It was at the tip of my tongue to tell him that it didn’t matter. That what Amobi thought didn’t matter. But I caught myself. Not only would it be way too forward, it would be extremely disrespectful to the one whom I now called my boyfriend.
“Thanks for dropping by, Duke.” I said, smiling.
“The pleasure is mine, Golibe.” he responded. “Please give Anuli my love…and apologies too.”
“Now I see why you’re so patient with her.” I said, as I walked him out of the house.
“I know she’s only lashing out. I’m the reminder she has of Tagbo, so if lashing out at me makes her feel better, then I’m ready to keep being on the receiving end.” he answered. “But please tell her to at least hear James out. Ask her to please hear what he has to say.”
Before I could say anything in response, Amobi’s Honda Accord drove up to the front of the house. Duke and I stopped talking, as we watched him disembark, his anger evident on his face.
“What are you doing here?” he asked Duke, without even casting a glance my way.
“I came to check on Golibe.” he answered. “She wasn’t feeling well this morning, so I came to see her.”
“I didn’t know you’re now also a doctor!” Amobi retorted. “Or do you go to ‘check on’ everyone who is ill in Ogwashi?!”
Duke smiled and turned to me. “Take care of yourself, Golibe. Do get some rest.”
As he made to walk away, Amobi grabbed him by the arm. “If I ever see you near my woman…”
“What will happen, Amobi?” Duke asked, looking him square in the eye. “What are you going to do?”
“Please stop this!” I exclaimed. “Amobi, don’t be unreasonable. Duke was just concerned. I fainted right in front of him this morning, while on my morning run. So he had plenty of reason to be worried.”
The two men remained glaring at each other in a stand-off, before Duke snatched his arm out of Amobi’s grip and walked away.
“Why didn’t you call me? If you had a medical issue, shouldn’t your boyfriend, a medical doctor for that matter, be the first to know?!” Amobi demanded.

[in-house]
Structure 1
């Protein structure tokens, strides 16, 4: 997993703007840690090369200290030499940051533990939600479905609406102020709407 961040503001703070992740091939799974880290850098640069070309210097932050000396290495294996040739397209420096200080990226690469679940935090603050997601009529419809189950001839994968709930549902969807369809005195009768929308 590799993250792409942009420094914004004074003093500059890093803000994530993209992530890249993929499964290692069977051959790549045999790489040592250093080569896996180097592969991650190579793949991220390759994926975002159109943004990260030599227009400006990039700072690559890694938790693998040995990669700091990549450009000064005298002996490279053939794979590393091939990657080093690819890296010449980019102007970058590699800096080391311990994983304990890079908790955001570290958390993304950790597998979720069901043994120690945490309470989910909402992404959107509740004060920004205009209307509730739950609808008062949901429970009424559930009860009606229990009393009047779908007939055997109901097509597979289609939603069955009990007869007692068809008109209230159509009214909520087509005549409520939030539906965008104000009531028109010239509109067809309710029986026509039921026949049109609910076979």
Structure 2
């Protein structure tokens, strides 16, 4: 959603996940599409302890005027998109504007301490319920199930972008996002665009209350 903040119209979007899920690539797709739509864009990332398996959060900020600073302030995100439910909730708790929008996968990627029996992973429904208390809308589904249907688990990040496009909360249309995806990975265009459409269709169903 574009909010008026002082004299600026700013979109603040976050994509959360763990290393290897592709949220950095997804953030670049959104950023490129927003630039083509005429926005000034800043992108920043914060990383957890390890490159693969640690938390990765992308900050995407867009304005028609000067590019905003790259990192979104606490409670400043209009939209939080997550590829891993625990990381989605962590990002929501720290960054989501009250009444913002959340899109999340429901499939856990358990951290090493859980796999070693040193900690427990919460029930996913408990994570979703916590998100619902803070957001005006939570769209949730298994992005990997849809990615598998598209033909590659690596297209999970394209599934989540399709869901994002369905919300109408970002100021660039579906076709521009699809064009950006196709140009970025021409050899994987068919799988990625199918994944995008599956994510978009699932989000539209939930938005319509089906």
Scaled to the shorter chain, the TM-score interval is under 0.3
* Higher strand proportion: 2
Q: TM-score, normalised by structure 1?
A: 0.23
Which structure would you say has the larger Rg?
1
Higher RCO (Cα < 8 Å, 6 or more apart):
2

“I f-a-i-n-t-e-d, Amobi!” I snapped. “And when I got home, I went straight to bed. Forgive me if picking up my phone to call anyone was the last thing on my mind.”
“I don’t want to see him near you again!” Amobi snarled, obviously referring to Duke.
I looked at him like he’d lost his mind. “Duke is a family friend! You can’t stop me from speaking with him!”
“Family friend, my foot!” he shouted, before realising what he was doing and reaching for my hand. “Goli, I’m sorry. I overreacted. I know I have nothing to worry about, and that Duke has a better chance of walking on the moon than taking you from me!”
I allowed him embrace me, but found myself struggling to keep the discussion with Duke out of my head. Had he hinted that he had feelings for me?
Later that night, just when I thought my day couldn’t get any crazier, I got a call from a strange Nigerian number. I stared at it, puzzled, before eventually answering it.
I immediately wished I hadn’t.
“Emma? Emma, thank God you answered!”
“Dozie?!” I exclaimed, wondering how he could be calling from a Nigerian number, and if he was using one of those funky phone cards that were becoming popular to call countries in Africa and the Carribean.
“Yes, Emma. You haven’t been taking my calls for weeks…so I had no choice!” he answered. “I’m in Nigeria. I arrived this morning. We have to talk!”
I sat on the bed, dazed and confused.
How could Dozie be in Nigeria???!!!
Catch up on Golibe’s story here:
- Golibe 1: The Journey
- Golibe 2: Brave
- Golibe 3: Blood Relative
- Golibe 4: Strangers
- Golibe 5: Fill the Gaps
- Golibe 6: Awele
- Golibe 7: Frolicking
- Golibe 8: The Trunk
- Golibe 9: Retrace my steps
- Golibe 10: The Exchange
- Golibe 11: Quoting Shakespeare
- Golibe 12: Dead End
- Golibe 13: Something in the Water
- Golibe 14: Intoxicated Butterflies
- Golibe 15: The Boyfriend
- Golibe 16: Anuli
Catch up on our other series here: